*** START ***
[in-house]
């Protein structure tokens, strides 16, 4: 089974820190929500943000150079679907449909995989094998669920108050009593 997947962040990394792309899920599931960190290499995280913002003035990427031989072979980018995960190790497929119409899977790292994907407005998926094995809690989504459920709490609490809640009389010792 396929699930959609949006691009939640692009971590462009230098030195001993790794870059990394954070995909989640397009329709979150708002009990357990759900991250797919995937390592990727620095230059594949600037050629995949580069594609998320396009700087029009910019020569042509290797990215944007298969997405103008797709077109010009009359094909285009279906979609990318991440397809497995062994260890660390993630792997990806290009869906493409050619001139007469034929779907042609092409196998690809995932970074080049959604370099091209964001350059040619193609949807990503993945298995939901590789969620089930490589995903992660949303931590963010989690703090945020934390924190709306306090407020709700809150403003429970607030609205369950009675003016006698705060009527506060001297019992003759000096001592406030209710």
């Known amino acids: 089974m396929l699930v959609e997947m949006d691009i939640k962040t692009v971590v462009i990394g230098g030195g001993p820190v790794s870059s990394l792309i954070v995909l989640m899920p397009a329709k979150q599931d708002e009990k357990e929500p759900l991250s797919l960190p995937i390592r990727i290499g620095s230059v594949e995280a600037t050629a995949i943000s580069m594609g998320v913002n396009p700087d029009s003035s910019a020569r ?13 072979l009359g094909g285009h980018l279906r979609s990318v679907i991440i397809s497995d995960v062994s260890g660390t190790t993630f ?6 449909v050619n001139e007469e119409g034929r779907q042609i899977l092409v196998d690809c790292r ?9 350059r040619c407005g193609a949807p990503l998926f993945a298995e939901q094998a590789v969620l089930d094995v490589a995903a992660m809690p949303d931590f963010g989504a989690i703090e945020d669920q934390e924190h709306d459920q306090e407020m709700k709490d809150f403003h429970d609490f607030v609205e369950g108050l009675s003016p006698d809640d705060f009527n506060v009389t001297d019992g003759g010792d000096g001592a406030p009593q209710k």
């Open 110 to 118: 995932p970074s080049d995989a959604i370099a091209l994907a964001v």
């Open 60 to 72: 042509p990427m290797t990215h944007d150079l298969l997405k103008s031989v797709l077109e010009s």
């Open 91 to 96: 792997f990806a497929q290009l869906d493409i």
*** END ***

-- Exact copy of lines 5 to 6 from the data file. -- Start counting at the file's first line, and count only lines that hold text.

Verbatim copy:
């Open 60 to 72: 042509p990427m290797t990215h944007d150079l298969l997405k103008s031989v797709l077109e010009s």
């Open 91 to 96: 792997f990806a497929q290009l869906d493409i």